So much has been written on the merits of each martial art: there are countless opinions on why one martial art is effective or another is not. Certainly many people have had their attention consumed by technical analyses and comparisons of various martial arts.
I have been teaching martial arts for many years and have trained in several, and over the decades have had a chance to explore numerous areas and put together an image of what it takes to be a complete martial artist. There are no shortcuts, and the path requires great dedication and long-term commitment.
When I hear questions like “Does this work?” or “Is this practical on the street?” in their various forms, I often also witness a form of distraction on the part of the student. I believe this distraction is a misdirection of the student’s attention on the particular technique rather than their own development.
It is tempting to go into a deep dive into the context in which a technique might be used, along with a variety of “what if” caveats, such as “what if the attacker is shorter /taller /stronger /faster/…?” The analysis at this point can be endless, and in my opinion, meaningless. In the intensity of conflict, all that discussion goes out the window, and what is left is one’s training: pure and simple.
I suggest an alternative approach: let’s not get distracted about which art is the best (for whatever purpose the student has in mind). Let’s assume that most of the martial arts out there are excellent for whatever their purposes are. After all, many very talented people dedicated their lives to ensuring those arts would be very good indeed, and can offer countless examples as proof. Let’s instead assume that each person is attracted to a particular martial art because of the complex variations in their humanity and personal history, and leave it at that. My assertion is that it doesn’t matter which art one chooses: it matters a great deal what one does with the training.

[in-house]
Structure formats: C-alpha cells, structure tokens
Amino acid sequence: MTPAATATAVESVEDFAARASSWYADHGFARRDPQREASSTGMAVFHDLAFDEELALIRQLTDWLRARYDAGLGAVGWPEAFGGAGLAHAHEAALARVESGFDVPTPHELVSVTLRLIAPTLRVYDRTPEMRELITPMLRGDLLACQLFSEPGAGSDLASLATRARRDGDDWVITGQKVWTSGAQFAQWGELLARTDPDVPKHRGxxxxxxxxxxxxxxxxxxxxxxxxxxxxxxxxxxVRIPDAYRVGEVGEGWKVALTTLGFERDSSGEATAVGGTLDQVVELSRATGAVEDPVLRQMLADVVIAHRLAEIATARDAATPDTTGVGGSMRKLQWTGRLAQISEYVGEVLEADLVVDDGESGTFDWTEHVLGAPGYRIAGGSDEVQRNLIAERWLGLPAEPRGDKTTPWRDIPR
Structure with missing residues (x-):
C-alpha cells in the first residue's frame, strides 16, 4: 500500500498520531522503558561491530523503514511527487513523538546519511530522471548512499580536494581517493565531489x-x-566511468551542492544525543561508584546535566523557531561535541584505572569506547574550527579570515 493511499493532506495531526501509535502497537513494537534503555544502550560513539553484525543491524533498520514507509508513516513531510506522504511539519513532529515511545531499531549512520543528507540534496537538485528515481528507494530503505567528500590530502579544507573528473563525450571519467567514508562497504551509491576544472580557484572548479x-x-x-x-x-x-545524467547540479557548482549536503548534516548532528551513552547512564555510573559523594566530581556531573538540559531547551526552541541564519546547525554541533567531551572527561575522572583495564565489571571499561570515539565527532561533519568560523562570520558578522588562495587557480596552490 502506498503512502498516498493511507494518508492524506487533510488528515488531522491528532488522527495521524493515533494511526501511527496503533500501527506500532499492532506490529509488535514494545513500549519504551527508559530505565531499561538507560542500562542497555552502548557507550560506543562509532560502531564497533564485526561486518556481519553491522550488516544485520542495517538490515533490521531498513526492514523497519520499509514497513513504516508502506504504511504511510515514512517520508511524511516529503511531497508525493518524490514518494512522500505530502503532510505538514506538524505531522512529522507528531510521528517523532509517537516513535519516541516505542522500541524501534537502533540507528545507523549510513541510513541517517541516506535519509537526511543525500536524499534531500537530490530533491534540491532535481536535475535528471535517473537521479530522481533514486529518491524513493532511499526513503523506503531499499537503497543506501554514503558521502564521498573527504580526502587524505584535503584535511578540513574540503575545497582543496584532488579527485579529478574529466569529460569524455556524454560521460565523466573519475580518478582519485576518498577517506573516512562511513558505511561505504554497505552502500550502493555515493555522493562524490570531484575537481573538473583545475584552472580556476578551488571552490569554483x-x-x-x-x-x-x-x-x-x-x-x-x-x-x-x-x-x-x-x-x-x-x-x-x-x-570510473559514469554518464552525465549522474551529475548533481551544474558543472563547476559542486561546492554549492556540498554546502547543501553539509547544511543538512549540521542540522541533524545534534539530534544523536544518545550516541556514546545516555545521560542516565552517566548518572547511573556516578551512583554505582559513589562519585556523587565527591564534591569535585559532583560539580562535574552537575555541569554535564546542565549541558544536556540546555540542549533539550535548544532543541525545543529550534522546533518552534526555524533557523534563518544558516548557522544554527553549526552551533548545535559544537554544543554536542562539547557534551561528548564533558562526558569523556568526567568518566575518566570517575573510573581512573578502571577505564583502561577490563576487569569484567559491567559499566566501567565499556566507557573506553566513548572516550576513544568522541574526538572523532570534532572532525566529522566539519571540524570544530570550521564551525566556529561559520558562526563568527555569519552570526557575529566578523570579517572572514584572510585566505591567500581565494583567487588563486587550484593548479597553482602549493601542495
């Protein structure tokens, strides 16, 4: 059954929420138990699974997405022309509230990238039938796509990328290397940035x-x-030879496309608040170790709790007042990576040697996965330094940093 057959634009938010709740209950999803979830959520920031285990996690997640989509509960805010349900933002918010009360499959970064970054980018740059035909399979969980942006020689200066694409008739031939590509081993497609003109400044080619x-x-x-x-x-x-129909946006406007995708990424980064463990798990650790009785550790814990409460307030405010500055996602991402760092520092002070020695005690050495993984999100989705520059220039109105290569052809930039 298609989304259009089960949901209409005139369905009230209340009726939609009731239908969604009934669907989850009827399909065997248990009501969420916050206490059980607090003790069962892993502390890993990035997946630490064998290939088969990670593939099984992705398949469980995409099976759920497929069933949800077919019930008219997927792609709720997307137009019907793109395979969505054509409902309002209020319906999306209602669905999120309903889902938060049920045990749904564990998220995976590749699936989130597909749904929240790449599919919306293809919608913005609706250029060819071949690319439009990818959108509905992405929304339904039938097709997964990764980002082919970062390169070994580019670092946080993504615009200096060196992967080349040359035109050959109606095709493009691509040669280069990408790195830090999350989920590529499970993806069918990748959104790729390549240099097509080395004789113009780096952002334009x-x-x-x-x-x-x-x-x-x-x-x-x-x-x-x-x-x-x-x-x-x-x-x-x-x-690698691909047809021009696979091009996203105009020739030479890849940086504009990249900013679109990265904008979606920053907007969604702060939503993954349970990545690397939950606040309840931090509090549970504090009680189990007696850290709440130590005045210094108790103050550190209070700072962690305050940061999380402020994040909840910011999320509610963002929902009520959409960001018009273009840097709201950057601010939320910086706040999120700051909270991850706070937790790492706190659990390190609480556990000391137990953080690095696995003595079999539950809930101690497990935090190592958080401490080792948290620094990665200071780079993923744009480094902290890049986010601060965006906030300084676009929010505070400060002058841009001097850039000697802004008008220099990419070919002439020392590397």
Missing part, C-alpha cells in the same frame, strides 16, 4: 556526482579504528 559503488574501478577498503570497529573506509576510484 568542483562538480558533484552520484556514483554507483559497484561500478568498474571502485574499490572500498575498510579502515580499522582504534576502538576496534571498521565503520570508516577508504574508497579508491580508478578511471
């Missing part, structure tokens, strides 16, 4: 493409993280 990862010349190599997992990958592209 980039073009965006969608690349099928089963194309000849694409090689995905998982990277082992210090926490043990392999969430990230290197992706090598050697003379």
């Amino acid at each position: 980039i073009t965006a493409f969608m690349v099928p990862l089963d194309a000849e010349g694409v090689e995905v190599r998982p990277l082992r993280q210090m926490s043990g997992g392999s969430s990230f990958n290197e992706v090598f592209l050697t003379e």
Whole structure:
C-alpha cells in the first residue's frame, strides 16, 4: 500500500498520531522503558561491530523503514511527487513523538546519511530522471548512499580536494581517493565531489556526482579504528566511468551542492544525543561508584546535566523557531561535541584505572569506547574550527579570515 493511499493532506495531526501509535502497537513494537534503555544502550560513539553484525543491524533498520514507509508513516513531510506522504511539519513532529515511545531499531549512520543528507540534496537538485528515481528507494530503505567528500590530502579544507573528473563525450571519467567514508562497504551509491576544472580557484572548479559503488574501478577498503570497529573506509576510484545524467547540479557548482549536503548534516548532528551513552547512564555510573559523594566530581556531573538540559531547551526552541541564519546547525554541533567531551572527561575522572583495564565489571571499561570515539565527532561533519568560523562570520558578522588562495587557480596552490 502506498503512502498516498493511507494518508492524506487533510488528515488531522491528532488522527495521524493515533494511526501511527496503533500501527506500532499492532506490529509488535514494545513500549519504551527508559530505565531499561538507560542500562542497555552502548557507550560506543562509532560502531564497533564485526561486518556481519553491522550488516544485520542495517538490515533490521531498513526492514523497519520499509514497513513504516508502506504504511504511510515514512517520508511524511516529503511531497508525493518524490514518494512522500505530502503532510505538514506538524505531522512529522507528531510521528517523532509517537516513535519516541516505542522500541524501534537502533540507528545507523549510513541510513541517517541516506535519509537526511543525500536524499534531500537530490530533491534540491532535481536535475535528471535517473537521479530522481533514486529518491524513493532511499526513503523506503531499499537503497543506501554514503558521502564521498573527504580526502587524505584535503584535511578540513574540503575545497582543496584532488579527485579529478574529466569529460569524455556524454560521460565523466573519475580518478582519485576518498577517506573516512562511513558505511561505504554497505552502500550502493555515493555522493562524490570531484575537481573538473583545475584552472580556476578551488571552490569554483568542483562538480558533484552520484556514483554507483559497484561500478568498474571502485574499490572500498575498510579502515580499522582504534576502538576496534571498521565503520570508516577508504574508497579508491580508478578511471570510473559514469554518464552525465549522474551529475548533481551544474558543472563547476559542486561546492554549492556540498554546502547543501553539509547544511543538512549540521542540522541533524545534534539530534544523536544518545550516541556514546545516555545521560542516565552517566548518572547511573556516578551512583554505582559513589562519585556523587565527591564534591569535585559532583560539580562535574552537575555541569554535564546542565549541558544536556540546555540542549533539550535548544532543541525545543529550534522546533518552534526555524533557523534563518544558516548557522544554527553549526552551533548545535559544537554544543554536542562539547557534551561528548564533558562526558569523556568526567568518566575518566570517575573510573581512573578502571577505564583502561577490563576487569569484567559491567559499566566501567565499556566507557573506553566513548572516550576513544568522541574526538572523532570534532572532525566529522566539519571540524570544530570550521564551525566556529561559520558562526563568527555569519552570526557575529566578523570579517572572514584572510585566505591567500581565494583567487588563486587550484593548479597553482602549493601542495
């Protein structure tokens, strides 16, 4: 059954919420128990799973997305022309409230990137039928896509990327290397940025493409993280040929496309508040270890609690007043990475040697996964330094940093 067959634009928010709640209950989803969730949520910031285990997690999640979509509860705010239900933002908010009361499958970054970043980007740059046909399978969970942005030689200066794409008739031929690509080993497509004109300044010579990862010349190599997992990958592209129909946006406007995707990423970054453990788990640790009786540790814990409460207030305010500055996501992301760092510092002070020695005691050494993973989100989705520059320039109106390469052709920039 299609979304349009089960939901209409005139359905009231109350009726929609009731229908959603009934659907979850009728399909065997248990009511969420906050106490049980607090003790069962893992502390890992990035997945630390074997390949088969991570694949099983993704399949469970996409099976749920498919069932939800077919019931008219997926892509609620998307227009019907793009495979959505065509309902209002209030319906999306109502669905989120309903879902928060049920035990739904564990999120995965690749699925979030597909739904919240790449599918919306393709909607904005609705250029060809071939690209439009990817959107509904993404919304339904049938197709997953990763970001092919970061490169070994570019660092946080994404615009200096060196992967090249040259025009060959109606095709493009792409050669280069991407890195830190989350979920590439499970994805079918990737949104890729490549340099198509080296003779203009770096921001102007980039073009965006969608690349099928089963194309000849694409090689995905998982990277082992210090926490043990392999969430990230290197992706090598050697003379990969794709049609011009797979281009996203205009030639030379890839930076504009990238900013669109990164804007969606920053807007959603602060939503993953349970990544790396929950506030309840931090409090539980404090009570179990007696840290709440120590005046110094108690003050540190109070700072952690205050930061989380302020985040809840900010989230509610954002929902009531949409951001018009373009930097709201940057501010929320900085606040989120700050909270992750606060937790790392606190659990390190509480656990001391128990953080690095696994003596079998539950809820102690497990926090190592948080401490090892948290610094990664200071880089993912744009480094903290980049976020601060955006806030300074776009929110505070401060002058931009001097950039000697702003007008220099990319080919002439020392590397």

I believe this situation is a great opportunity to encourage students to examine their dedication. I would suggest offering students who ask such questions the possibility that there is a more productive question they could be asking: “How effective is my training and martial arts development?” This can create a years-long conversation between the student and yourself.
“As a student, do you take full responsibility for your training?”
“Do you objectively assess your skills, strengths, and weaknesses?”
“Do you take firm action to improve yourself either in class or outside of class every day?”
“Do you take full advantage of what your teacher and school have to offer?”
“If you have weak muscles, do you strengthen them?”
“If you are quickly running out of breath, do you work on your cardiovascular fitness?”
“Have you trained the basic techniques 10,000 times each? How about 100,000 times?”
When a student learns a martial art, they don’t just become a clone of their teacher. They eventually own that art, make it part of their mind, body, and spirit, and apply it in ways that are unique and unrepeatable when compared to all other human beings. It makes no sense at all to compare the objective forms, because it is not an objective form that is being hypothetically tested in the mind of the student – it is the person.
I think the answer to the student’s original question is this: “If you fully commit to the training, this martial art will become your martial art, and will be exactly as effective as you train yourself to be.”
4th Dan Aikikai
Shugyo Aikido Dojo website
Shugyo Aikido Dojo in the World Aikido School Directory